Other recent initiatives include a comprehensive national plan to reform the administration of justice (Plan Nacional de Reform a Integral de la Administración de Justicia) (JSCA 2006-2007, II), a national citizen security system (Sistema Nacional de Seguridad Ciudadana, SINASEC) which has resulted in the creation of peace courts for handling misdemeanours (ibid.), a project to improve the justice administration service – a 2006 initiative supported by the EC (ibid.), and the passage of new anti-human trafficking legislation in January 2007 (UN 2007b; US June 2007, 168).
Witnesses to crime are protected by Law 27378 which is regulated in accordance with Supreme Decree 020-2001-JUS of 6 July 2001 (Peru 7 July 2001). Further protection of witnesses is provided for in the Law of Transparency and Access to Public Information which lists witness protection as an exemption under Article 15A, Reserved Information (Peru 4 Feb. 2003).
Although the US Department of State asserts that the witness protection law is well written, it adds that the PNP, which is charged with enforcing it, lacks the resources to train officers and to provide logistical support to witnesses and to conceal their identities (US 6 Mar. 2007, Sec. I.d). In its Trafficking in Persons Report, the US Department of State also alleges that witness protection laws are unevenly applied, and therefore victims are sometimes unwilling to assist in criminal proceedings against offenders (US June 2007, 168).
Human Rights Watch (HRW) reports that threats and attacks have been carried out against crime victims who are pursuing justice as well as against their relatives (2007), and AI has called for increased protection for individuals working on the trial of former President Alberto Fujimori following an anonymous death threat received in December 2007 by lawyer Gloria Cano Legua (AI 4 Jan. 2008).
A 7 December 2007 news article suggests that judges and prosecutors working on organized crime cases are at risk from violence (Andean Air Mail 7 Dec. 2007) following reports of an ambush of an anti-corruption prosecutor's vehicle which resulted in the death of a security guard (ibid.; ANDINA 7 Dec. 2007). Reports of the murder of a federal judge in July 2006, who was prosecuting a case involving a Mexican drug cartel, provide some evidence of the existence of a threat to authorities involved in the fight against organized crime (ANDINA 7 Dec. 2007; BBC 20 July 2006; Dallas Morning News 8 Jan. 2007).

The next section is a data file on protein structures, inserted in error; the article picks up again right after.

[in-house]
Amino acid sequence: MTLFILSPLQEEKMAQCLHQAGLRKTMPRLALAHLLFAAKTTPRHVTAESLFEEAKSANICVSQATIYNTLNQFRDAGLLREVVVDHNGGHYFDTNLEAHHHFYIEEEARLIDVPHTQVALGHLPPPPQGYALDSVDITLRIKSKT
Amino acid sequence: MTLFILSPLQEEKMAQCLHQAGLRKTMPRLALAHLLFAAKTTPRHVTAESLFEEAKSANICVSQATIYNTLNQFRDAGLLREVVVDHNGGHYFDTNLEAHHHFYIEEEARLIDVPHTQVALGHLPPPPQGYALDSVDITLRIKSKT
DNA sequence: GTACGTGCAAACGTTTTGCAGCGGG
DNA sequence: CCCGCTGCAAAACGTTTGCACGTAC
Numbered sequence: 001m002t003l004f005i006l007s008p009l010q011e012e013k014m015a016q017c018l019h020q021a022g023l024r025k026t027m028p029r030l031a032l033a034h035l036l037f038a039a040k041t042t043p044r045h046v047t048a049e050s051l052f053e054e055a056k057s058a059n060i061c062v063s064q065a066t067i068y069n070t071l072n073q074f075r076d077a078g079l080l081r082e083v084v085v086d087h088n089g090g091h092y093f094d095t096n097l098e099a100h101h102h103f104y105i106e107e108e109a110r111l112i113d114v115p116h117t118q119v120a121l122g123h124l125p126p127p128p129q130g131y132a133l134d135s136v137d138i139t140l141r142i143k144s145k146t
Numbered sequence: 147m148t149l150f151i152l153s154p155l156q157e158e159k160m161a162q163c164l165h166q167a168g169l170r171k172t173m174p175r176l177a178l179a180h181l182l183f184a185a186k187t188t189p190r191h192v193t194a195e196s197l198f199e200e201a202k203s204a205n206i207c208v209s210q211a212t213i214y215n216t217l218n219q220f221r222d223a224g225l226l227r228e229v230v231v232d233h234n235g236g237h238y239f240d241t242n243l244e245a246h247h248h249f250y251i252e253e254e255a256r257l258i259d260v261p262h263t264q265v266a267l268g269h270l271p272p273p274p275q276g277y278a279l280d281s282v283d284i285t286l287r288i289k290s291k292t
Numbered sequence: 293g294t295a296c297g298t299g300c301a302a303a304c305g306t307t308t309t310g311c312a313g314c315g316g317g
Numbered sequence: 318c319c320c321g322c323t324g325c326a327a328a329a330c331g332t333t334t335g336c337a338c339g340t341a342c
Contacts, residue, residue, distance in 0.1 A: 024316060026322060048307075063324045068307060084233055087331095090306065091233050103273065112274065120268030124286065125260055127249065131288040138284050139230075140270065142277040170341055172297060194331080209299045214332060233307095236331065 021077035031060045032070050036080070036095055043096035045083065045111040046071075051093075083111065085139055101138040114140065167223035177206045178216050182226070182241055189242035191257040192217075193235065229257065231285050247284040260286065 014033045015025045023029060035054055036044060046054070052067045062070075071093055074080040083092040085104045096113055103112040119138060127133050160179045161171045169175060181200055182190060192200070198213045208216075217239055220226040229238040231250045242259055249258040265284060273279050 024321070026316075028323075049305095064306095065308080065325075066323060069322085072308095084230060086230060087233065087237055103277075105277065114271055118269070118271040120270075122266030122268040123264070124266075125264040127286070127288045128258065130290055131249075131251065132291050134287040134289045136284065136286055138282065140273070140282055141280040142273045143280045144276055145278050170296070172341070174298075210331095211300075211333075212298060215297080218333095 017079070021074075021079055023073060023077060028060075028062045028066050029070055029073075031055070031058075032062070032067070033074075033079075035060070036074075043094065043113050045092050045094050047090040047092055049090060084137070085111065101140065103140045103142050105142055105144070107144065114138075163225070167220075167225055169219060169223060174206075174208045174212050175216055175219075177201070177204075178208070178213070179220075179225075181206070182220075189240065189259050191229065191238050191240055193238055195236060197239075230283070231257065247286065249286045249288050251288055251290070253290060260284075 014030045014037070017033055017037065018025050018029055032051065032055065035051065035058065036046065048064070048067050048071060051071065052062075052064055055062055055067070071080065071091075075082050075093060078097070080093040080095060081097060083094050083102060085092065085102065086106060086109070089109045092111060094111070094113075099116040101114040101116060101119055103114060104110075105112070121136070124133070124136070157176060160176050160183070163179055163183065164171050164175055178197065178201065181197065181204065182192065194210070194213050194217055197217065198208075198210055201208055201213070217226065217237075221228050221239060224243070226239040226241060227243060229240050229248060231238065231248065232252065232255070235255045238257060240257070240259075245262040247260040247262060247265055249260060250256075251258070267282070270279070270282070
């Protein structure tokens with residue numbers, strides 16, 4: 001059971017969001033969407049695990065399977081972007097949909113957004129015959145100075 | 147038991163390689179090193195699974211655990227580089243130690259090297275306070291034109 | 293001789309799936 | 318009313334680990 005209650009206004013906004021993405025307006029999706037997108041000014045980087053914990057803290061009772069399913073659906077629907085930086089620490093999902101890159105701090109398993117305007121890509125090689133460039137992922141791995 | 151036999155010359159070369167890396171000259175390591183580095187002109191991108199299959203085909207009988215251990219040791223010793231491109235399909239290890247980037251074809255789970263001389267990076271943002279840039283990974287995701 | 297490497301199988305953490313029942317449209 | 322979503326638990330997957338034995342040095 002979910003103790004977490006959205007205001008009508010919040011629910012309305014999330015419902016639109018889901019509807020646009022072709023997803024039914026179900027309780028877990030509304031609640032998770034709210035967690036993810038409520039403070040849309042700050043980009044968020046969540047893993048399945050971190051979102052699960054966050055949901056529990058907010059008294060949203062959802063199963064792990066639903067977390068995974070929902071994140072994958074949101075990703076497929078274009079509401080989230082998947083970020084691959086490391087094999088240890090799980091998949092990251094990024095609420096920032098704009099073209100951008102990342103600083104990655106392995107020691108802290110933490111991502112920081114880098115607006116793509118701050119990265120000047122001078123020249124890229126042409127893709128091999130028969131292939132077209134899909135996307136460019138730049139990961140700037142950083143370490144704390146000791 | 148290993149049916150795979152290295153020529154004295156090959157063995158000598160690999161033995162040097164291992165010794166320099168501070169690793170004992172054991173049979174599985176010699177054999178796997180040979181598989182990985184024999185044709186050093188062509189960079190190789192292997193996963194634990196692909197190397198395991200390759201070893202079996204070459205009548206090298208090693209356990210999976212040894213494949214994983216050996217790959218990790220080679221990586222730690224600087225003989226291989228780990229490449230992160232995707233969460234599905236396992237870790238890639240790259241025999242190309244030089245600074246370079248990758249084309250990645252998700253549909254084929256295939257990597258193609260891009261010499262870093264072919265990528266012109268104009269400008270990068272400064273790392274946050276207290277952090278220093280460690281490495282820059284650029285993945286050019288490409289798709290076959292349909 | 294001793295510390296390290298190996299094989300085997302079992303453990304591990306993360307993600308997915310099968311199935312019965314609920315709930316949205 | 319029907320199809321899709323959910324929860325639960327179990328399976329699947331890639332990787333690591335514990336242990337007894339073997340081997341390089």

This Response was prepared after researching publicly accessible information currently available to the Research Directorate within time constraints. This Response is not, and does not purport to be, conclusive as to the merit of any particular claim for refugee protection. Please find below the list of additional sources consulted in researching this Information Request.
Amnesty International (AI). 4 January 2008. "Fear for Safety/Death Threats." (AMR 46/001/2008)
_____. 2007. "Peru." Amnesty International Report 2007.
Andean Air Mail. 7 December 2007. "Security Guard of Peru Anti-Corruption Prosecutor Gunned Down."
ANDINA. 27 December 2007. "Police to Continue Fighting Narco-Terrorists in Peru." (Living in Peru)
_____. 7 December 2007. "Peru: Murder Attempt on State Prosecutor in Upscale Lima District." (Living in Peru)